[talks] Fwd: EE Seminar - December 1, 2015, 4:30 pm, E-Quad B205 - Muhammad Naveed

Jennifer Rexford jrex at CS.Princeton.EDU
Fri Nov 13 10:54:02 EST 2015

> From: "Lori A. Bailey" <lbailey at Princeton.EDU>
> Subject: EE Seminar - December 1, 2015, 4:30 pm, E-Quad B205 - Muhammad Naveed
> Date: November 13, 2015 at 10:41:48 AM EST
> To: ee-seminar at Princeton.EDU
> Reply-To: "Lori A. Bailey" <lbailey at Princeton.EDU>
> Speaker:   Muhammad Naveed
>                      University of Illinois at Urbana-Champaign
> Title:           Inference Attacks on Property-Preserving Encrypted Databases
> Date:          December 1, 2015
> Time:          4:30 p.m. 
> Room:        E-Quad, Room B205
> Host:          Prof. Prateek Mittal
> Abstract:  Many encrypted database (EDB) systems have been proposed in the last few years as cloud computing has grown in popularity and data breaches have increased. The state-of-the-art EDB systems for relational databases can handle SQL queries over encrypted data and are competitive with commercial database systems. These systems, most of which are based on the design of CryptDB (SOSP 2011), achieve these properties by making use of property-preserving encryption schemes such as deterministic (DTE) and order-preserving encryption (OPE). 
> In this paper, we study the concrete security provided by such systems. We present a series of attacks that recover the plaintext from DTE- and OPE-encrypted database columns using only the encrypted column and publicly-available auxiliary information. We consider well-known attacks, including frequency analysis and sorting, as well as new attacks based on combinatorial optimization.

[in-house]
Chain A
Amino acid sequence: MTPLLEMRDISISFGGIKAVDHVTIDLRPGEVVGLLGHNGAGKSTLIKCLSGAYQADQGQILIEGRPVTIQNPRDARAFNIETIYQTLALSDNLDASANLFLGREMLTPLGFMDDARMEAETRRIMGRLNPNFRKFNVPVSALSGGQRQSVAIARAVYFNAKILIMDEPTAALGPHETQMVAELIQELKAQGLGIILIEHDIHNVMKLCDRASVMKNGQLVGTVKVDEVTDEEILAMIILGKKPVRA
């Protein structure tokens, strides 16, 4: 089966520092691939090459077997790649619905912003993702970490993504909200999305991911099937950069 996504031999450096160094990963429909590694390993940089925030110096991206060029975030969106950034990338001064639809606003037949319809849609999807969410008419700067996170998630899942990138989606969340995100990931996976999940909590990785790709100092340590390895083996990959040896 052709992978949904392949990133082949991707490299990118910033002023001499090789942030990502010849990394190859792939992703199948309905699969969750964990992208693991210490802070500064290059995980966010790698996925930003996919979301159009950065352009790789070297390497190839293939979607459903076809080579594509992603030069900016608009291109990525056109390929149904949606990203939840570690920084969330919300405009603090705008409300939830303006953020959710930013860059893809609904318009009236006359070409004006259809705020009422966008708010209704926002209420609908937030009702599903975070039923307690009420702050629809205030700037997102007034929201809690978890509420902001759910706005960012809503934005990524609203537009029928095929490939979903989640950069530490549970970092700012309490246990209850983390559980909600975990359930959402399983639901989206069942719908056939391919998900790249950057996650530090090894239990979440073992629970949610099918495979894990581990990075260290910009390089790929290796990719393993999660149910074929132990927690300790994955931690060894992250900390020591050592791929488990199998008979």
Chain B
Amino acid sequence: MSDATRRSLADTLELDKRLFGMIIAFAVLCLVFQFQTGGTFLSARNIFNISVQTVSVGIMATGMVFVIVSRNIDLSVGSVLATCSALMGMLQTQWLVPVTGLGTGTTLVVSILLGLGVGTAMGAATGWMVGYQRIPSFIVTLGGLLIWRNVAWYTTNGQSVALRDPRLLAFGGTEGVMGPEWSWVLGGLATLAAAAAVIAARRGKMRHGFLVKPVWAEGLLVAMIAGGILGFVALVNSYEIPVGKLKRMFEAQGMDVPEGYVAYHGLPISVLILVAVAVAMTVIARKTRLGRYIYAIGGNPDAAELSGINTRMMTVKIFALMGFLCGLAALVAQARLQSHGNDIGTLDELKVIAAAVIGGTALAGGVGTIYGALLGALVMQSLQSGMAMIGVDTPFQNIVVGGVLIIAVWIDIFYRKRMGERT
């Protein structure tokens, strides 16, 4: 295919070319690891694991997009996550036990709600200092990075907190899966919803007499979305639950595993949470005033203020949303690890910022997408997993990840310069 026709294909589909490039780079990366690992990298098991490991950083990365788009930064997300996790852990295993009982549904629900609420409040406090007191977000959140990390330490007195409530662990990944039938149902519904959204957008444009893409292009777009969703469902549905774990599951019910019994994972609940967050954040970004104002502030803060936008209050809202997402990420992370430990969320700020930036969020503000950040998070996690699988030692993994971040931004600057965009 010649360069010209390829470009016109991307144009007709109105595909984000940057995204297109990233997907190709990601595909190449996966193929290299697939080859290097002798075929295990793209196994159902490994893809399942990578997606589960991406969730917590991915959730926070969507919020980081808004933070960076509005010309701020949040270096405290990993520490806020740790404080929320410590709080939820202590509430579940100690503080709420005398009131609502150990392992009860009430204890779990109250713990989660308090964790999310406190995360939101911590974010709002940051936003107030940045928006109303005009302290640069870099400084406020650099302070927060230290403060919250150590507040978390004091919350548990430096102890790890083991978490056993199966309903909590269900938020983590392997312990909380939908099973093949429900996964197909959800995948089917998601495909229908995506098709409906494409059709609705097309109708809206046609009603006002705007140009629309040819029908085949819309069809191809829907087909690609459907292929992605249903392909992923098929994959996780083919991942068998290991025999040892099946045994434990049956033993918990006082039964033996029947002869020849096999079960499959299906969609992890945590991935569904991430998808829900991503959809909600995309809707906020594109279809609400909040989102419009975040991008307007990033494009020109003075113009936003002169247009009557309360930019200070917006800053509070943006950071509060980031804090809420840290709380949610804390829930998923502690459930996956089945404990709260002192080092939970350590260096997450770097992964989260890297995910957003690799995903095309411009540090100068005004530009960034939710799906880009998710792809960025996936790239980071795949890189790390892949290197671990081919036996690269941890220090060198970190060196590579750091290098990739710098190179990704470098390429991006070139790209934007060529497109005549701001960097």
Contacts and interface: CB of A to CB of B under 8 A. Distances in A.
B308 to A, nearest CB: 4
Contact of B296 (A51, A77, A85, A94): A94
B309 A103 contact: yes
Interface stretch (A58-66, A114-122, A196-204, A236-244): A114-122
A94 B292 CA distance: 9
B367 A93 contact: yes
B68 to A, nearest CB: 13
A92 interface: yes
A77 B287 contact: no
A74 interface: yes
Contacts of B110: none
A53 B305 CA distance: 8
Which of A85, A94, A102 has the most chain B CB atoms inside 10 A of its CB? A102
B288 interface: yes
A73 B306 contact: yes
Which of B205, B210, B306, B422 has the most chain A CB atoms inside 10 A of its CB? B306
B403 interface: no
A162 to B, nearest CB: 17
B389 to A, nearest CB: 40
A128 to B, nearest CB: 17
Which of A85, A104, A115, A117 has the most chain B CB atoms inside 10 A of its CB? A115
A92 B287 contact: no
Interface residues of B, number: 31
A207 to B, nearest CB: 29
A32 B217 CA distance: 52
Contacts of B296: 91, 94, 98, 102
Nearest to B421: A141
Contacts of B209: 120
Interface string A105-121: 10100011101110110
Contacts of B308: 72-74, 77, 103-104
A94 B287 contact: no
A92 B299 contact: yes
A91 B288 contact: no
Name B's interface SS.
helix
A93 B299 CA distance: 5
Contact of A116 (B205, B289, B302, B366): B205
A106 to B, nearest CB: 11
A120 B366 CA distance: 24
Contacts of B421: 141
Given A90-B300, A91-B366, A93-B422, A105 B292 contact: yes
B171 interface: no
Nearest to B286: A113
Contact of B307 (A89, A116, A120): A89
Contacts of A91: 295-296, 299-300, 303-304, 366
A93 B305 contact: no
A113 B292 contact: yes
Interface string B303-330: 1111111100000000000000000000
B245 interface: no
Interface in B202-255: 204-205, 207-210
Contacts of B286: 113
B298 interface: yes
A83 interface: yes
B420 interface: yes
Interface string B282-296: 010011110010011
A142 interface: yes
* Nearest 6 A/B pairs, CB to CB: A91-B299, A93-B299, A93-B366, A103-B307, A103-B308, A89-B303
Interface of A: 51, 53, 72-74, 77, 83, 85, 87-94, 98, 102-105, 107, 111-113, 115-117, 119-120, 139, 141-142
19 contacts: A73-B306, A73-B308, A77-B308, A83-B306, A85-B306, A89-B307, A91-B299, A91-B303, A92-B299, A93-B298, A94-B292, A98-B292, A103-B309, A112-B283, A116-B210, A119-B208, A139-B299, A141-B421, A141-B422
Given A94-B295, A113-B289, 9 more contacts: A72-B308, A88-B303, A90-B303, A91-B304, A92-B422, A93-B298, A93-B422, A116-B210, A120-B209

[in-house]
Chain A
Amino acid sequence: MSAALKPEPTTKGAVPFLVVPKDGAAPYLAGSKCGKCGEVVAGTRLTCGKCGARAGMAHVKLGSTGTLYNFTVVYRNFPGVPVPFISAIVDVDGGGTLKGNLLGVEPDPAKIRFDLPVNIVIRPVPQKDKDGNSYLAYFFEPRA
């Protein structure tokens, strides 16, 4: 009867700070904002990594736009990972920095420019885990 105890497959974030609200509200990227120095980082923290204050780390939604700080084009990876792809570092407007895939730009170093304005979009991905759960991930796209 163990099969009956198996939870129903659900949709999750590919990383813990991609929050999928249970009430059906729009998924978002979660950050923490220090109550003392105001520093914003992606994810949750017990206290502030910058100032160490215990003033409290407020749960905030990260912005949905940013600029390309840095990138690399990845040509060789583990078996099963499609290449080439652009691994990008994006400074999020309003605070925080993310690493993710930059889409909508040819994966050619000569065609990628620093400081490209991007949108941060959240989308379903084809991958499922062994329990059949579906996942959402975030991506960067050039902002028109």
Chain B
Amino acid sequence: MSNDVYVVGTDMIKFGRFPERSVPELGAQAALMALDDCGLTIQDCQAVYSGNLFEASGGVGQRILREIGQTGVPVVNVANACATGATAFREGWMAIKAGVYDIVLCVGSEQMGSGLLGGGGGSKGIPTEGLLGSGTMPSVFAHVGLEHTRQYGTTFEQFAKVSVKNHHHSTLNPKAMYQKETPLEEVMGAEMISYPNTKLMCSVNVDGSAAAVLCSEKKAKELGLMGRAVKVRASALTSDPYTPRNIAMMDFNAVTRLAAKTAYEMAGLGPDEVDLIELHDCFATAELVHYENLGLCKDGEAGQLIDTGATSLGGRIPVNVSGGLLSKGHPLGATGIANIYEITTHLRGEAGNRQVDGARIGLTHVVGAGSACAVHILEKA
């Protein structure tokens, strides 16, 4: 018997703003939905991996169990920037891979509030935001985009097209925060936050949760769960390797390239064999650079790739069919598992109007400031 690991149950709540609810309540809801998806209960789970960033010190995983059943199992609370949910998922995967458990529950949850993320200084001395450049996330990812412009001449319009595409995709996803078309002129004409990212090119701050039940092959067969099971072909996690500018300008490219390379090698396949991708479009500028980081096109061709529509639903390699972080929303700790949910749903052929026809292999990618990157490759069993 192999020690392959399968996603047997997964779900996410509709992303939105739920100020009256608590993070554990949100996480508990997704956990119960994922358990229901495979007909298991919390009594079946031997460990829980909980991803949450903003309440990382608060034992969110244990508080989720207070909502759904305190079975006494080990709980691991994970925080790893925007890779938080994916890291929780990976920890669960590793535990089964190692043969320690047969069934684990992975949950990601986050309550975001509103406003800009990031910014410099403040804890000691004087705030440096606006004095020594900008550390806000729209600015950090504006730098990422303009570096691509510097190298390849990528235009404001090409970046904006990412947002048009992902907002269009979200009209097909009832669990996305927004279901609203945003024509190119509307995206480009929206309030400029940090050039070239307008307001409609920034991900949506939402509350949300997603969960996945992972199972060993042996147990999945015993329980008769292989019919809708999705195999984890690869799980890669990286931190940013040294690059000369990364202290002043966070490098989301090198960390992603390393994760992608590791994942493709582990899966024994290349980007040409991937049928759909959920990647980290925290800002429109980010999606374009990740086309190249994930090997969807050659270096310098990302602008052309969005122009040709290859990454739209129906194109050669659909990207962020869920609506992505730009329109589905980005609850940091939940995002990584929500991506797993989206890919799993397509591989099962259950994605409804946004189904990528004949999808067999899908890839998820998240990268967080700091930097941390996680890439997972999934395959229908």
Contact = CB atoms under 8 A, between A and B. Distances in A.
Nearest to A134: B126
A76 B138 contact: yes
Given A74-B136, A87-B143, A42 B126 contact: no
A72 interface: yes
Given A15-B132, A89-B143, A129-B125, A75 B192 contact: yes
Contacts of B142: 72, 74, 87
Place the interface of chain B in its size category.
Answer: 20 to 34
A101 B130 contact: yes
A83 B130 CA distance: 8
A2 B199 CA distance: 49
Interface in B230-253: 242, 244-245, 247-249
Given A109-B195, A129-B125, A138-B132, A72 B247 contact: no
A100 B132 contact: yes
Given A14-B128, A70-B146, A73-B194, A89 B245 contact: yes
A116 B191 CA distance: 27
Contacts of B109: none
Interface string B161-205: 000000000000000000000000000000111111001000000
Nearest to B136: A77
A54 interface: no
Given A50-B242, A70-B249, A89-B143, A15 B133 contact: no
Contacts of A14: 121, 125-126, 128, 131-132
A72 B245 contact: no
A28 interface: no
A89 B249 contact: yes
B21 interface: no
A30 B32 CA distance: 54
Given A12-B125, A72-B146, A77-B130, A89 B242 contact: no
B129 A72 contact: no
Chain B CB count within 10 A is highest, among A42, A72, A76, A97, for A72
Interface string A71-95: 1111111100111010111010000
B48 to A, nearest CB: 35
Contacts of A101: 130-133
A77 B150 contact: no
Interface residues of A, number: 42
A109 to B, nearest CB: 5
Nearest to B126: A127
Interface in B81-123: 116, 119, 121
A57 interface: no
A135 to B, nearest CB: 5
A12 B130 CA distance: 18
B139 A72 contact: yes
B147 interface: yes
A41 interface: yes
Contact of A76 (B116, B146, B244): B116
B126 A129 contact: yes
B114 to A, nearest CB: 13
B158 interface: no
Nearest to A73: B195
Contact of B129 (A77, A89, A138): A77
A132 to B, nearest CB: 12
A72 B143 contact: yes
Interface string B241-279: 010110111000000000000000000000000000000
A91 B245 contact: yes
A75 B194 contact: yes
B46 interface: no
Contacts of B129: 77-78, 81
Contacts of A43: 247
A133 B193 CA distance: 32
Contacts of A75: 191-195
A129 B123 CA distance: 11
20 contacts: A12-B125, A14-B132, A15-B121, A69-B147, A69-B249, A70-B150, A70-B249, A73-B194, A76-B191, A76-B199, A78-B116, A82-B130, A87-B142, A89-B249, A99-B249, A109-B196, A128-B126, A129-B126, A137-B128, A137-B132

> We evaluate these attacks empirically in an electronic medical records (EMR) scenario using real patient data from 200 U.S. hospitals. When the encrypted database is operating in a steady-state where enough encryption layers have been peeled to permit the application to run its queries, our experimental results show that an alarming amount of sensitive information can be recovered. In particular, our attacks correctly recovered certain OPE-encrypted attributes (e.g., age and disease severity) for more than 80% of the patient records from 95% of the hospitals; and certain DTE-encrypted attributes (e.g., sex, race, and mortality risk) for more than 60% of the patient records from more than 60% of the hospitals.
> The paper appeared at ACM CCS 2015 and is available at: http://research.microsoft.com/en-us/um/people/senyk/pubs/edb.pdf <http://research.microsoft.com/en-us/um/people/senyk/pubs/edb.pdf>.
> Biography:  Muhammad Naveed is a fifth (and final) year PhD student in computer science at the University of Illinois at Urbana-Champaign. He is currently visiting Prof. Elaine Shi at the Cornell University. He develops provably-secure and practical cryptographic systems for real applications. He also works on systems security and genomics privacy. He is a recipient of the 2015 Google PhD fellowship in Security, the Sohaib and Sara Abbasi fellowship (2011–2016), and CS at Illinois C.W. Gear Outstanding Graduate Student Award. See his homepage www.cryptoonline.com <http://www.cryptoonline.com/> for more details.

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